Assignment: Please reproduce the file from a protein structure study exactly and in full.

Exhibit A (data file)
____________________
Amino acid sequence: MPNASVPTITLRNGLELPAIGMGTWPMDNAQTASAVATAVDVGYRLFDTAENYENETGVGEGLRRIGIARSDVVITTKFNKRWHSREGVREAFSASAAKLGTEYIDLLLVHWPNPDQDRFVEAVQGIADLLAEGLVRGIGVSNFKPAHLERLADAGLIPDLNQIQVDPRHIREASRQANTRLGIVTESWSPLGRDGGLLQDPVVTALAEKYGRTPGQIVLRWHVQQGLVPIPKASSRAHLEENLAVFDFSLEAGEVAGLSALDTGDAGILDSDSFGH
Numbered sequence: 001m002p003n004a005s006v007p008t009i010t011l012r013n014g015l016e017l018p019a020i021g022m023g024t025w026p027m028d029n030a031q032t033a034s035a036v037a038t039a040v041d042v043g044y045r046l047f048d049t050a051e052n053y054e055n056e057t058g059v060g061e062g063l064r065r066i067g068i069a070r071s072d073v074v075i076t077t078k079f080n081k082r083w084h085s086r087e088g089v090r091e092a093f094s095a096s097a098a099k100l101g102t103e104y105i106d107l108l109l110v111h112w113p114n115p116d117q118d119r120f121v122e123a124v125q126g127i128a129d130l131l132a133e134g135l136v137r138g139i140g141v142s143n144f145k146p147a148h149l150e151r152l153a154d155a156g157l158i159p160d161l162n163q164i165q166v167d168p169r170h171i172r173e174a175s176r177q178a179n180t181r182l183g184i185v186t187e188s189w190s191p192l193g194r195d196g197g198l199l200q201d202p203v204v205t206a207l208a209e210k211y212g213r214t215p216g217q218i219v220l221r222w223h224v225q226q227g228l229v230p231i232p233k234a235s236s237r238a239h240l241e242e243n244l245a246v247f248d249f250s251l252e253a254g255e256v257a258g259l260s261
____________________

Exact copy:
Amino acid sequence: MPNASVPTITLRNGLELPAIGMGTWPMDNAQTASAVATAVDVGYRLFDTAENYENETGVGEGLRRIGIARSDVVITTKFNKRWHSREGVREAFSASAAKLGTEYIDLLLVHWPNPDQDRFVEAVQGIADLLAEGLVRGIGVSNFKPAHLERLADAGLIPDLNQIQVDPRHIREASRQANTRLGIVTESWSPLGRDGGLLQDPVVTALAEKYGRTPGQIVLRWHVQQGLVPIPKASSRAHLEENLAVFDFSLEAGEVAGLSALDTGDAGILDSDSFGH
Numbered sequence: 001m002p003n004a005s006v007p008t009i010t011l012r013n014g015l016e017l018p019a020i021g022m023g024t025w026p027m028d029n030a031q032t033a034s035a036v037a038t039a040v041d042v043g044y045r046l047f048d049t050a051e052n053y054e055n056e057t058g059v060g061e062g063l064r065r066i067g068i069a070r071s072d073v074v075i076t077t078k079f080n081k082r083w084h085s086r087e088g089v090r091e092a093f094s095a096s097a098a099k100l101g102t103e104y105i106d107l108l109l110v111h112w113p114n115p116d117q118d119r120f121v122e123a124v125q126g127i128a129d130l131l132a133e134g135l136v137r138g139i140g141v142s143n144f145k146p147a148h149l150e151r152l153a154d155a156g157l158i159p160d161l162n163q164i165q166v167d168p169r170h171i172r173e174a175s176r177q178a179n180t181r182l183g184i185v186t187e188s189w190s191p192l193g194r195d196g197g198l199l200q201d202p203v204v205t206a207l208a209e210k211y212g213r214t215p216g217q218i219v220l221r222w223h224v225q226q227g228l229v230p231i232p233k234a235s236s237r238a239h240l241e242e243n244l245a246v247f248d249f250s251l252e253a254g255e256v257a258g259l260s261